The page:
use your words

Right now one of the leading stories in the news is about the impasse over raising the “ceiling” of the American federal debt. It’s turned into a game of political chicken, with the deadline now only four days away, at least notionally. Here in Vancouver, some expatriate Americans have been glued to their TV sets, following the vicissitudes of the story.

For what it’s worth, my own view is that the issue is somewhat of a phony one, in the sense that the United States has already been “defaulting” on its public debt for some time now, in the form of creating enormous quantities of new dollars (under the euphemism “quantitative easing”) and paying creditors with those. Paying your debts with money that is worth 20% less than the money you borrowed is no different from paying back your debts at only 80 cents on the dollar, but it’s slow and stealthy rather than abrupt and obvious, and that makes it easier to do.

The point I wanted to address though is about the quality of debate on the issue. I haven’t paid much attention to it, but last night on the (Canadian) news a commentator was being interviewed, and when asked about what the cause of the impasse was, he said that the “blame” lay clearly with right-wing Republicans in the House. And there it is, I thought: the “discussion” of the issue really doesn’t go beyond finger-pointing and blame.

I recall reading a talk given by the philosopher Mortimer J. Adler about the theory of evolution on the 1950s TV series he hosted on the Great Ideas. Even at that time the question of Darwinism vs. the Bible was a contentious topic in the United States. But I was struck by one of Adler’s opening remarks, to the effect that, before entering into the debate, we each need to ask ourselves, and answer honestly, this question: Do I have an open mind on this topic? For if our minds are not open, discussion is pointless. Our voices then are used only to shout at our opponents.

But why should your mind be open if you know you’re right? Your mind used to be open, then you found out what the truth is, and now it’s closed—but in a good way. Your opponents just haven’t caught up with you yet; they haven’t seen the light. Right?

Of course, with any contentious issue you have two sides that are both “right”, and frustrated and angry with each other for not acknowledging what is obviously true. Increasingly the only arguments used are ad hominem attacks: the other guys are self-interested, that’s why they obstinately cling to an obviously false position.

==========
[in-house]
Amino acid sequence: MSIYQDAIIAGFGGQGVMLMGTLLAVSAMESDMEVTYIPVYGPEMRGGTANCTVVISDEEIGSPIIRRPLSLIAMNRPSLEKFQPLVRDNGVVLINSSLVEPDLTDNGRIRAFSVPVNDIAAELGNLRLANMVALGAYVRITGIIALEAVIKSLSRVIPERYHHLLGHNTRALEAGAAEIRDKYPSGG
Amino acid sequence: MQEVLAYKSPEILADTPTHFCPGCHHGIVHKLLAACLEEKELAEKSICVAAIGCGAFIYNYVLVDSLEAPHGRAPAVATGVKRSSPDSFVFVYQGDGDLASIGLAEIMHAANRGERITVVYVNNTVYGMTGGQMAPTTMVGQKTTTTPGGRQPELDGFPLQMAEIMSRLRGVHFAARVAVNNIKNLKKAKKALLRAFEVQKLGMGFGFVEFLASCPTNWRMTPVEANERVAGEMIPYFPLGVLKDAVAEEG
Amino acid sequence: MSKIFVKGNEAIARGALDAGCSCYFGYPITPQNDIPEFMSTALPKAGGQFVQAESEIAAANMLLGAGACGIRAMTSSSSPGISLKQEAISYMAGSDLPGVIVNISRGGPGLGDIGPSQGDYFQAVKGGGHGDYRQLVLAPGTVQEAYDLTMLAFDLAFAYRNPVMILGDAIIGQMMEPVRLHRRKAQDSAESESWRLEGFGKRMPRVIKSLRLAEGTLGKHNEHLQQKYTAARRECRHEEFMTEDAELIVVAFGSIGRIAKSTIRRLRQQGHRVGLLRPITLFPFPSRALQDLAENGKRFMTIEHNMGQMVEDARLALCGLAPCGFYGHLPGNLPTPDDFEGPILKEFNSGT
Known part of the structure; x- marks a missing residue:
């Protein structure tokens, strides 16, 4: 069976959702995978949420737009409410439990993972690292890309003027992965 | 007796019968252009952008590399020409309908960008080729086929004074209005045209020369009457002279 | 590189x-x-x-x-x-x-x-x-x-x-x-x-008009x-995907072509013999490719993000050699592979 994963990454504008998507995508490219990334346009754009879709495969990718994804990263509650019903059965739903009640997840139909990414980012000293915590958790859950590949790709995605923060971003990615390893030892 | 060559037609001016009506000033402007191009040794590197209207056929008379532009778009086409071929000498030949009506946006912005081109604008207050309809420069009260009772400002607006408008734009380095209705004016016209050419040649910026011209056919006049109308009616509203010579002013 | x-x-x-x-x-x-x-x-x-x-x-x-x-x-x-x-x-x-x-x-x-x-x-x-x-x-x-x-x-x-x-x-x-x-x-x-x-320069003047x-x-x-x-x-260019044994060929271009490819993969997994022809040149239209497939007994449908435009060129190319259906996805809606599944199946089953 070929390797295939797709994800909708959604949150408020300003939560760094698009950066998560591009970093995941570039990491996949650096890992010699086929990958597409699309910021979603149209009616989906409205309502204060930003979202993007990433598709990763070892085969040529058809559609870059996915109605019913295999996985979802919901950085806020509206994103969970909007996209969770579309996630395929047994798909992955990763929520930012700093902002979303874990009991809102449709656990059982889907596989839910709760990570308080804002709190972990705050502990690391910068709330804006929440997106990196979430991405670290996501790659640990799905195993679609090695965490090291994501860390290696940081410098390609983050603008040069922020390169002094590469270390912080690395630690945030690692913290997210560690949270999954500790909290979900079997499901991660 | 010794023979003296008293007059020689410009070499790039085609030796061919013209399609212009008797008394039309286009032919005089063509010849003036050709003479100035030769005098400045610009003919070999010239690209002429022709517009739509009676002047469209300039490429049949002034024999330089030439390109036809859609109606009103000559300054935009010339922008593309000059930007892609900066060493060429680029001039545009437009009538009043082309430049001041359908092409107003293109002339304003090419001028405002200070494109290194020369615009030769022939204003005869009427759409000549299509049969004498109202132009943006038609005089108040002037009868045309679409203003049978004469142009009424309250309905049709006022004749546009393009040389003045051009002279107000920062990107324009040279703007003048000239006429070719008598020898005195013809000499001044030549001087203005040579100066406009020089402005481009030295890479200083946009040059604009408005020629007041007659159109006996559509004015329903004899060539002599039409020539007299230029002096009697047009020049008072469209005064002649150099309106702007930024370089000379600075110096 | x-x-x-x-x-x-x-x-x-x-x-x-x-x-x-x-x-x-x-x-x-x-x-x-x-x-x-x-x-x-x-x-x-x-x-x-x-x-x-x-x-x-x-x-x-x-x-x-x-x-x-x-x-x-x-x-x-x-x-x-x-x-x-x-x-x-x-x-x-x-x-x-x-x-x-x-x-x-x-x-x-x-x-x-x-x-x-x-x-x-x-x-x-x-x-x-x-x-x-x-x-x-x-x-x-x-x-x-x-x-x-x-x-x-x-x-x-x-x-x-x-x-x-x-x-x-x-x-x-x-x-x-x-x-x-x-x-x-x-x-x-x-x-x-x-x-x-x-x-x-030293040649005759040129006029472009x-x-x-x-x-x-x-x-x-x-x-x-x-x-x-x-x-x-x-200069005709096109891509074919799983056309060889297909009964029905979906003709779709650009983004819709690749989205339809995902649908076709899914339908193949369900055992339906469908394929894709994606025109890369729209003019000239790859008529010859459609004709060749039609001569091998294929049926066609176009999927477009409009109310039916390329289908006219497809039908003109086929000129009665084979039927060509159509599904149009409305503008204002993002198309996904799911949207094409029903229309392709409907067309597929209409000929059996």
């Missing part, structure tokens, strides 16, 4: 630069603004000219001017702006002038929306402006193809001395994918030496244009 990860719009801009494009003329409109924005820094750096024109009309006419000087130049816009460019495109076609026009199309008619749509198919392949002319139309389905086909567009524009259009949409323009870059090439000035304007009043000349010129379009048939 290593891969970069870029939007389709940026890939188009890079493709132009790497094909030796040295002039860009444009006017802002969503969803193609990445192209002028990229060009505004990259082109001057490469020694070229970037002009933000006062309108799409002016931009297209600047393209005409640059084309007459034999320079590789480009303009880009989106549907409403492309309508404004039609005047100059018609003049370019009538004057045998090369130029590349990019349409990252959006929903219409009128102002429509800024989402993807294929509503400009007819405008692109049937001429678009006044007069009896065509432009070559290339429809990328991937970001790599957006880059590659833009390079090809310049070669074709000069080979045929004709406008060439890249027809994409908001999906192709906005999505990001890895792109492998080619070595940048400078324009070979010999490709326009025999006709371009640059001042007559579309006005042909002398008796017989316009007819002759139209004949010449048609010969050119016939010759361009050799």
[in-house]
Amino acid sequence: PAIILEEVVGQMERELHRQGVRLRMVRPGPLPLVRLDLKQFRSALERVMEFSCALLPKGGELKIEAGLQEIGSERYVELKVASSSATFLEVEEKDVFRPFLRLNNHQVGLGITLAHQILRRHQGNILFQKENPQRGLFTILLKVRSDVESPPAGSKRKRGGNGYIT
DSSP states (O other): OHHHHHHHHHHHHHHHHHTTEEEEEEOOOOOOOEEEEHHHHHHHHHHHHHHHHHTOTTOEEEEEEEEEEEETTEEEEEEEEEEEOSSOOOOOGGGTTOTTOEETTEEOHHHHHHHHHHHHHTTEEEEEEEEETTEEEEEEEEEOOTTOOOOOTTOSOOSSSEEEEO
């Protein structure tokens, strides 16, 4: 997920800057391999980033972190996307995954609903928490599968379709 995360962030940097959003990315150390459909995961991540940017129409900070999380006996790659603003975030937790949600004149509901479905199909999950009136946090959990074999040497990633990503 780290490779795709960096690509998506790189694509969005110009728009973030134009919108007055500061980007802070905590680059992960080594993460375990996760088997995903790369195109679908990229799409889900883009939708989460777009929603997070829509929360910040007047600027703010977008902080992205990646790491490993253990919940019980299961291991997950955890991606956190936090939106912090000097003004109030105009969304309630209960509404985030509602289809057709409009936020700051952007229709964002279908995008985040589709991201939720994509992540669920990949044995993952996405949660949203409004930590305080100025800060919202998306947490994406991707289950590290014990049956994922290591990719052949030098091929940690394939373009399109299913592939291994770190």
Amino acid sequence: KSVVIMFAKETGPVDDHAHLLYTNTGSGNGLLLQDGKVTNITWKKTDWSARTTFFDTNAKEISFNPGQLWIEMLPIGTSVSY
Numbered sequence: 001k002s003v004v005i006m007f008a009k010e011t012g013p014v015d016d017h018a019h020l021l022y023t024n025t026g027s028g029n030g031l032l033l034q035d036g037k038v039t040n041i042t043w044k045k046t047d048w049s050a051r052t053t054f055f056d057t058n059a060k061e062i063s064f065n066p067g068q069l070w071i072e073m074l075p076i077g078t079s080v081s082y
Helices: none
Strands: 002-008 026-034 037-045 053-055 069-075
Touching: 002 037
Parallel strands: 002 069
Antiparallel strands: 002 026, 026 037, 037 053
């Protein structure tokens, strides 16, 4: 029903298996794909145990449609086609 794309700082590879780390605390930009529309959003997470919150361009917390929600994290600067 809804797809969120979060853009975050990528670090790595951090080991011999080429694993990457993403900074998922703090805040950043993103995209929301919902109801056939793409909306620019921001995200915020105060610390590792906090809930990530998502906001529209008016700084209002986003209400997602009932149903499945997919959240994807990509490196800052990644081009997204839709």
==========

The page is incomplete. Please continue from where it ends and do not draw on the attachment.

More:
If you think about it, there are only two ways to resolve differences of opinion: by agreement, or by violence. In the ideal case, all participants in a discussion are calm, open-minded, and reasonable, and they find consensus by engaging in rational discourse. For issues on which they cannot find consensus or agreement, they have recourse to a rational, rules-based decision-making system, such as voting. Every step you take away from the ideal case—from calmness to emotionalism, from open-mindedness to self-righteousness, from reasonableness to dogmatism—leads you closer to violence. And while violence might at least feel decisive, it isn’t, for the strong today are the weak tomorrow, and those beaten by force are not convinced; they’ll be back.

But where do calmness, open-mindedness, and reasonableness come from? Are they simply traits that some people are born with? Is it merely a matter of luck whether they’ll be found in any given group?

No. These qualities are fostered by a proper, that is by a liberal, education. They are fostered by sustained training in the three liberal arts of logic (how to think), grammar (how to speak and write), and rhetoric (how to argue). They are fostered above all by familiarization with the Great Ideas, which are all, every one of them, unresolved after thousands of years of debate. The liberally educated mind is one that realizes that certainty is elusive, and confined only to relatively trivial topics. The big topics, the big questions, have no certain answer, and honest people of good will can and do and always will disagree on them. But if those people are liberally educated, they will discuss them calmly, reasonably, and maybe even with a sense of humor.

Our society is moving not closer to this ideal, but farther away. That means, inevitably, we are heading for an era of increasing violence. Can it be turned around? Of course! It just takes enough of us wanting to—and knowing how. I for one am working on it, from my own little corner.

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